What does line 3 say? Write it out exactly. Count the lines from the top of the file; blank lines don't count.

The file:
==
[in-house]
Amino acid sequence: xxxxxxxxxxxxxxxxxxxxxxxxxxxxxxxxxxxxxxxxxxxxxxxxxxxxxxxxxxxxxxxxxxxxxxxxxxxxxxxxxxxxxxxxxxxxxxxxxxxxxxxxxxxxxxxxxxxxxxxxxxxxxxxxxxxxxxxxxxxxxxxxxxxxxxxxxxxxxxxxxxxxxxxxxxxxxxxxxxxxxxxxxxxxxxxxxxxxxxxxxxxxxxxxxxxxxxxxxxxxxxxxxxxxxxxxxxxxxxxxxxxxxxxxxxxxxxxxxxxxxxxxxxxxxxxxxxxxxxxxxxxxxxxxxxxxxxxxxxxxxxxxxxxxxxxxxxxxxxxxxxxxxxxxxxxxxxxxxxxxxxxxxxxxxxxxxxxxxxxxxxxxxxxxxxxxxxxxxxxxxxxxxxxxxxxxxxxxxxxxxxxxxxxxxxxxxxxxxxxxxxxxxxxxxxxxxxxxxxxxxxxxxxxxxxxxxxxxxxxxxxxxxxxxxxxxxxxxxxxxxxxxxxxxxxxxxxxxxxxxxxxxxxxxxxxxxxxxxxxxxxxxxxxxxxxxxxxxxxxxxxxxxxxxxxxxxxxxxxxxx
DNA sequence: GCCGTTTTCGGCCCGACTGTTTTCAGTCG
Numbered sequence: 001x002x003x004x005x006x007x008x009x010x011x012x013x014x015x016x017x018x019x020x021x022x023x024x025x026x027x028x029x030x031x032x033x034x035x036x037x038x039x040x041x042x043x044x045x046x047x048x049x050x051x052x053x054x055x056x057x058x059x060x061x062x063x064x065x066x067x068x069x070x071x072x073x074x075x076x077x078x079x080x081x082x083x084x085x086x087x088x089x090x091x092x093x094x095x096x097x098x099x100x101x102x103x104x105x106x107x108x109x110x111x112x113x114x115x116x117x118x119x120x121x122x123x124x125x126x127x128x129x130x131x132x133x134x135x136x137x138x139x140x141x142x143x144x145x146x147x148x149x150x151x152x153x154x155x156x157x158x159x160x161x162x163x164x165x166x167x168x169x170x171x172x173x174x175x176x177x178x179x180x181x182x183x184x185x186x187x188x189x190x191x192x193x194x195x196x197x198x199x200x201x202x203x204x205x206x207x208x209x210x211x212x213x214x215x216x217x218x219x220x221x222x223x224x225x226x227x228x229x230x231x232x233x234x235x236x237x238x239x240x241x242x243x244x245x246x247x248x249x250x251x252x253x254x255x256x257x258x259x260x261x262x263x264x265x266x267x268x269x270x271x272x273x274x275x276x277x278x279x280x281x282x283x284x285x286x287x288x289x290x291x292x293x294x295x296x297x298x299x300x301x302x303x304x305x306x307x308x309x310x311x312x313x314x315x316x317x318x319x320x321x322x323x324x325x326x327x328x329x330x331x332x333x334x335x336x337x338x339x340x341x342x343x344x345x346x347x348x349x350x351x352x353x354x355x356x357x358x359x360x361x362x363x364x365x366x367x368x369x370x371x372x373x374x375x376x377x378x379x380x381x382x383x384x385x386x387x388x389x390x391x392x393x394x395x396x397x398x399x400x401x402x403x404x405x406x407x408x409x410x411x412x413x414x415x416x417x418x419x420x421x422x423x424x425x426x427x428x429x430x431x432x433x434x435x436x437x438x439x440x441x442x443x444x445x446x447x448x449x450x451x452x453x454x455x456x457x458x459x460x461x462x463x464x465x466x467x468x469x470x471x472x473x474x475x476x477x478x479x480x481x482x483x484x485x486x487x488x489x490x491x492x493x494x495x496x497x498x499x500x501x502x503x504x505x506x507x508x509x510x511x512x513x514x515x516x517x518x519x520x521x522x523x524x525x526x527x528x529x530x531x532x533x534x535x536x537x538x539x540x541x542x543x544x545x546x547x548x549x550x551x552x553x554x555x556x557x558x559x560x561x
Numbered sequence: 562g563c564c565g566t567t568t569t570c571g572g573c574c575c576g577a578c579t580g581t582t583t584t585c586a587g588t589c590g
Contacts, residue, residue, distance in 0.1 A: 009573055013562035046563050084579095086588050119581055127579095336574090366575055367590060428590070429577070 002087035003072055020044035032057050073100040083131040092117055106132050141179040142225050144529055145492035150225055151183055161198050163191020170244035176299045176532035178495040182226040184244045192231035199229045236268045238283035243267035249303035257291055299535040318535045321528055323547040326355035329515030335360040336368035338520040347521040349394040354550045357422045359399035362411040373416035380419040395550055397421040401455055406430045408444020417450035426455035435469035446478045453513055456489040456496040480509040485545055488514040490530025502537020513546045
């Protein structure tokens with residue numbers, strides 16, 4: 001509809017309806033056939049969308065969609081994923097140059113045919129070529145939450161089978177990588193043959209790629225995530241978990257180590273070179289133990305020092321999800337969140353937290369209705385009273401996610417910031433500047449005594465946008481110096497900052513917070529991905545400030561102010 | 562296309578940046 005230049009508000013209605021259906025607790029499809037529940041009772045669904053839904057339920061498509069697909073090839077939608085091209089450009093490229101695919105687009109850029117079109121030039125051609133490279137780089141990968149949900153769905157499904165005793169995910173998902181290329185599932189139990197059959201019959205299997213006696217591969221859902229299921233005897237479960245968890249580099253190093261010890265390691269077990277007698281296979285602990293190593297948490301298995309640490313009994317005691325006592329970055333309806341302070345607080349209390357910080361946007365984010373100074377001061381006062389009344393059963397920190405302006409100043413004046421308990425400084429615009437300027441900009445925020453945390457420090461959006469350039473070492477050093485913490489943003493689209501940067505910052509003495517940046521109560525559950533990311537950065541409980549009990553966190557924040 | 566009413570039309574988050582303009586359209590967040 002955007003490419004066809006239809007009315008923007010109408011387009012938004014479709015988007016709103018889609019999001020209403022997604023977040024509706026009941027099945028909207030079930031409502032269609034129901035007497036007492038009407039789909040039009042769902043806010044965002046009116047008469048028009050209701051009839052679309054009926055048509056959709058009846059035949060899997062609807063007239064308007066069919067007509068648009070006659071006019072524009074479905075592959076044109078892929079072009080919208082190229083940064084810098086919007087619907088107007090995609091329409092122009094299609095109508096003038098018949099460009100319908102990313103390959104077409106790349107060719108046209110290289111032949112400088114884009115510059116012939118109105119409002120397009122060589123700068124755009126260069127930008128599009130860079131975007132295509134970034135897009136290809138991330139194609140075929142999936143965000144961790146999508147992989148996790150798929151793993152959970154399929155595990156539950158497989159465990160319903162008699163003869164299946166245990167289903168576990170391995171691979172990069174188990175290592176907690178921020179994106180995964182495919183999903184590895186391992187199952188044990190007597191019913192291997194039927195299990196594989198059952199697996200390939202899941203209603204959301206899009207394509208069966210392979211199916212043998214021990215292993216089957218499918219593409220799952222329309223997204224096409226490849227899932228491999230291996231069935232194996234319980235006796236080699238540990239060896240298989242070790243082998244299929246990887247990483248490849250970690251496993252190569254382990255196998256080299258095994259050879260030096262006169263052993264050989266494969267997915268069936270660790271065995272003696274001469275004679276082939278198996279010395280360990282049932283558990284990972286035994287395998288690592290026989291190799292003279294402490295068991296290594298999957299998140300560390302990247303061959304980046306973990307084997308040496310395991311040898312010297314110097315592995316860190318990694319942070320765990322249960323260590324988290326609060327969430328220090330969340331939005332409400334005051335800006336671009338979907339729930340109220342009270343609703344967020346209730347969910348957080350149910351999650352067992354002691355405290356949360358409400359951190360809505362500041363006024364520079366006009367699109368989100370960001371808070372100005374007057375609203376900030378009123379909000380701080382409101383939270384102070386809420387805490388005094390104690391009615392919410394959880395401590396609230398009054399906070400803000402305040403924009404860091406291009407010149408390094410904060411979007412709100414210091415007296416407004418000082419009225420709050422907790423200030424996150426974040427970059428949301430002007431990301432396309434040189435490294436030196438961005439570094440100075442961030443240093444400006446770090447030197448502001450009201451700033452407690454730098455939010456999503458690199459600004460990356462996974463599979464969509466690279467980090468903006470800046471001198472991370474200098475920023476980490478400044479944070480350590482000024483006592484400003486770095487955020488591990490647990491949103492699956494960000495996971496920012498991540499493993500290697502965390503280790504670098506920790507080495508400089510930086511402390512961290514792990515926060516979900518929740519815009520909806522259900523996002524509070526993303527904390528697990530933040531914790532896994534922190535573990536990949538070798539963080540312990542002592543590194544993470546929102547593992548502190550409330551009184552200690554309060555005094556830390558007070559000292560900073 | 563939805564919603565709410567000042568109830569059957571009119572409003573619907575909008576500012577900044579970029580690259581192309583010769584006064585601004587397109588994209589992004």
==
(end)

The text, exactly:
DNA sequence: GCCGTTTTCGGCCCGACTGTTTTCAGTCG